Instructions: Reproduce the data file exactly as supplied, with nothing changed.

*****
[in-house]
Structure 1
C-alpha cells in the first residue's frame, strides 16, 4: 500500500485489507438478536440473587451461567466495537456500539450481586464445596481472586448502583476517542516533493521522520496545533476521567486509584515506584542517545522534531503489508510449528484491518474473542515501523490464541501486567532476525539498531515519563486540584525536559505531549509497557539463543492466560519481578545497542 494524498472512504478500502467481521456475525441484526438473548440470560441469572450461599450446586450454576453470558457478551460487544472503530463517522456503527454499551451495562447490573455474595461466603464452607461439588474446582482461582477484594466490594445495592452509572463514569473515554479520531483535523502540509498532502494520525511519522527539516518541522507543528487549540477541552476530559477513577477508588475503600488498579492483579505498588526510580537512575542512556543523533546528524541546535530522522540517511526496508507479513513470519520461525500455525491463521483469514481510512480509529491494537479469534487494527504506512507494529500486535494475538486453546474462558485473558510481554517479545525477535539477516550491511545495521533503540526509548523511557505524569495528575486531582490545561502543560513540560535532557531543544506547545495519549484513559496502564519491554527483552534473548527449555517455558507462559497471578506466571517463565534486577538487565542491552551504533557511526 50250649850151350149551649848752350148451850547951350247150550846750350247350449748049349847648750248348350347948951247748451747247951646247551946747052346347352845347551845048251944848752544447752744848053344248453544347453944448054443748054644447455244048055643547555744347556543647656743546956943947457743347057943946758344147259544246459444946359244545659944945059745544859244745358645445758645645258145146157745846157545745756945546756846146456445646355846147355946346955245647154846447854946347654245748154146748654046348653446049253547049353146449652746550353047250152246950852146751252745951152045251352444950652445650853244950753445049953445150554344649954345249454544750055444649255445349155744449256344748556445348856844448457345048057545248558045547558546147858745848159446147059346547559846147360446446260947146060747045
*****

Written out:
[in-house]
Structure 1
C-alpha cells in the first residue's frame, strides 16, 4: 500500500485489507438478536440473587451461567466495537456500539450481586464445596481472586448502583476517542516533493521522520496545533476521567486509584515506584542517545522534531503489508510449528484491518474473542515501523490464541501486567532476525539498531515519563486540584525536559505531549509497557539463543492466560519481578545497542 494524498472512504478500502467481521456475525441484526438473548440470560441469572450461599450446586450454576453470558457478551460487544472503530463517522456503527454499551451495562447490573455474595461466603464452607461439588474446582482461582477484594466490594445495592452509572463514569473515554479520531483535523502540509498532502494520525511519522527539516518541522507543528487549540477541552476530559477513577477508588475503600488498579492483579505498588526510580537512575542512556543523533546528524541546535530522522540517511526496508507479513513470519520461525500455525491463521483469514481510512480509529491494537479469534487494527504506512507494529500486535494475538486453546474462558485473558510481554517479545525477535539477516550491511545495521533503540526509548523511557505524569495528575486531582490545561502543560513540560535532557531543544506547545495519549484513559496502564519491554527483552534473548527449555517455558507462559497471578506466571517463565534486577538487565542491552551504533557511526 50250649850151350149551649848752350148451850547951350247150550846750350247350449748049349847648750248348350347948951247748451747247951646247551946747052346347352845347551845048251944848752544447752744848053344248453544347453944448054443748054644447455244048055643547555744347556543647656743546956943947457743347057943946758344147259544246459444946359244545659944945059745544859244745358645445758645645258145146157745846157545745756945546756846146456445646355846147355946346955245647154846447854946347654245748154146748654046348653446049253547049353146449652746550353047250152246950852146751252745951152045251352444950652445650853244950753445049953445150554344649954345249454544750055444649255445349155744449256344748556445348856844448457345048057545248558045547558546147858745848159446147059346547559846147360446446260947146060747045